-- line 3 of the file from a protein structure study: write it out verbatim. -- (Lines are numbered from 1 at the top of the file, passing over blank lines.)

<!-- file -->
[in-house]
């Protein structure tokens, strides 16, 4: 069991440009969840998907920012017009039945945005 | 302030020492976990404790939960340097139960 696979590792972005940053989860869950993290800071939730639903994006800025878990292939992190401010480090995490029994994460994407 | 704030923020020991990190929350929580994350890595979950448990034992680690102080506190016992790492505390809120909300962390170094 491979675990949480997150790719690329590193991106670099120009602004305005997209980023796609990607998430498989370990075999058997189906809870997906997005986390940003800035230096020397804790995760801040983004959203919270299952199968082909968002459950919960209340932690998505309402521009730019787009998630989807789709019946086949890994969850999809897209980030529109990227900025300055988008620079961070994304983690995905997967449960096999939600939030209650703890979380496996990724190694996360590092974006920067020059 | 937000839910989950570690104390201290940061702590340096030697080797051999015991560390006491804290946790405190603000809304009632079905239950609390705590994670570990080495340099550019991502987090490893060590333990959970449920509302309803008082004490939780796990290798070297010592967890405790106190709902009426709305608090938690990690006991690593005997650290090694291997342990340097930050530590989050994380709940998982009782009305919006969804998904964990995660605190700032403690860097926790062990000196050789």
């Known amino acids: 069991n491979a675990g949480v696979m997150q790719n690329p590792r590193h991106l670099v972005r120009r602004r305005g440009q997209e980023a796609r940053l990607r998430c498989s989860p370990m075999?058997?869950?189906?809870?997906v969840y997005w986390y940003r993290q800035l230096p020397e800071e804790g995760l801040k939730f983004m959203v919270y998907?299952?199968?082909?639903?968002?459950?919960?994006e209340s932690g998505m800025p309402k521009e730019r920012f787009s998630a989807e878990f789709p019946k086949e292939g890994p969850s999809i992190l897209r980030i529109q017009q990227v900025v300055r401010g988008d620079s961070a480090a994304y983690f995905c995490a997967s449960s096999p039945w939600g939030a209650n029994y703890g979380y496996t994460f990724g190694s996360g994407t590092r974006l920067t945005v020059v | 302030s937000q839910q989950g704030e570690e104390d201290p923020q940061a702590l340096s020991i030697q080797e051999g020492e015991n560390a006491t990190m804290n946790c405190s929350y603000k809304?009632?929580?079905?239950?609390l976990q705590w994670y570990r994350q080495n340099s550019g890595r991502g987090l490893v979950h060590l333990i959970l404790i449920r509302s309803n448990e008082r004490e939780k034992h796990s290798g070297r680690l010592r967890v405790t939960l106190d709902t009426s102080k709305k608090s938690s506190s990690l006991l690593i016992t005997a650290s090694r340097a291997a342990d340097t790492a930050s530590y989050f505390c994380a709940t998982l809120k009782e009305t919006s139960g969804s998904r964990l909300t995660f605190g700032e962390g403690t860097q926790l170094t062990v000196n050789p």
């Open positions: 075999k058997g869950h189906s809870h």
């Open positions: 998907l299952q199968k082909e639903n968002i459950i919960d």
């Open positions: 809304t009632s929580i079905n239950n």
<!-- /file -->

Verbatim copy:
């Known amino acids: 069991n491979a675990g949480v696979m997150q790719n690329p590792r590193h991106l670099v972005r120009r602004r305005g440009q997209e980023a796609r940053l990607r998430c498989s989860p370990m075999?058997?869950?189906?809870?997906v969840y997005w986390y940003r993290q800035l230096p020397e800071e804790g995760l801040k939730f983004m959203v919270y998907?299952?199968?082909?639903?968002?459950?919960?994006e209340s932690g998505m800025p309402k521009e730019r920012f787009s998630a989807e878990f789709p019946k086949e292939g890994p969850s999809i992190l897209r980030i529109q017009q990227v900025v300055r401010g988008d620079s961070a480090a994304y983690f995905c995490a997967s449960s096999p039945w939600g939030a209650n029994y703890g979380y496996t994460f990724g190694s996360g994407t590092r974006l920067t945005v020059v | 302030s937000q839910q989950g704030e570690e104390d201290p923020q940061a702590l340096s020991i030697q080797e051999g020492e015991n560390a006491t990190m804290n946790c405190s929350y603000k809304?009632?929580?079905?239950?609390l976990q705590w994670y570990r994350q080495n340099s550019g890595r991502g987090l490893v979950h060590l333990i959970l404790i449920r509302s309803n448990e008082r004490e939780k034992h796990s290798g070297r680690l010592r967890v405790t939960l106190d709902t009426s102080k709305k608090s938690s506190s990690l006991l690593i016992t005997a650290s090694r340097a291997a342990d340097t790492a930050s530590y989050f505390c994380a709940t998982l809120k009782e009305t919006s139960g969804s998904r964990l909300t995660f605190g700032e962390g403690t860097q926790l170094t062990v000196n050789p």